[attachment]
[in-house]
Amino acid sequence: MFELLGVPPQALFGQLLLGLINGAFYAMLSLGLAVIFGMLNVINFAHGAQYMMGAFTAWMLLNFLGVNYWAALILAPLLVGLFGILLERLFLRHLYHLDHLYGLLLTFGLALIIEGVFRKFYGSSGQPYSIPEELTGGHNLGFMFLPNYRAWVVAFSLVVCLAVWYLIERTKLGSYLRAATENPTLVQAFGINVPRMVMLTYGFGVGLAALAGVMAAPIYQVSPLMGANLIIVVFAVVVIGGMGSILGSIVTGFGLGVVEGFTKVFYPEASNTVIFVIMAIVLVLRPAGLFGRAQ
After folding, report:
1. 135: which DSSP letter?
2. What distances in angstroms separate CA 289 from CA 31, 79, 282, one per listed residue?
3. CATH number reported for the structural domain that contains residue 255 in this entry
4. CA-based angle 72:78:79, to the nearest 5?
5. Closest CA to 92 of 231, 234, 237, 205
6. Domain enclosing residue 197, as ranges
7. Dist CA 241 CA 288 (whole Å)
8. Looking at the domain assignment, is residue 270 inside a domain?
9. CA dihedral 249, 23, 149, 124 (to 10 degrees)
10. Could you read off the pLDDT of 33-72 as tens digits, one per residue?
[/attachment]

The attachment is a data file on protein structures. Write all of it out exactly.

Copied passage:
[in-house]
Amino acid sequence: MFELLGVPPQALFGQLLLGLINGAFYAMLSLGLAVIFGMLNVINFAHGAQYMMGAFTAWMLLNFLGVNYWAALILAPLLVGLFGILLERLFLRHLYHLDHLYGLLLTFGLALIIEGVFRKFYGSSGQPYSIPEELTGGHNLGFMFLPNYRAWVVAFSLVVCLAVWYLIERTKLGSYLRAATENPTLVQAFGINVPRMVMLTYGFGVGLAALAGVMAAPIYQVSPLMGANLIIVVFAVVVIGGMGSILGSIVTGFGLGVVEGFTKVFYPEASNTVIFVIMAIVLVLRPAGLFGRAQ
After folding, report:
1. 135: which DSSP letter?
2. What distances in angstroms separate CA 289 from CA 31, 79, 282, one per listed residue?
3. CATH number reported for the structural domain that contains residue 255 in this entry
4. CA-based angle 72:78:79, to the nearest 5?
5. Closest CA to 92 of 231, 234, 237, 205
6. Domain enclosing residue 197, as ranges
7. Dist CA 241 CA 288 (whole Å)
8. Looking at the domain assignment, is residue 270 inside a domain?
9. CA dihedral 249, 23, 149, 124 (to 10 degrees)
10. Could you read off the pLDDT of 33-72 as tens digits, one per residue?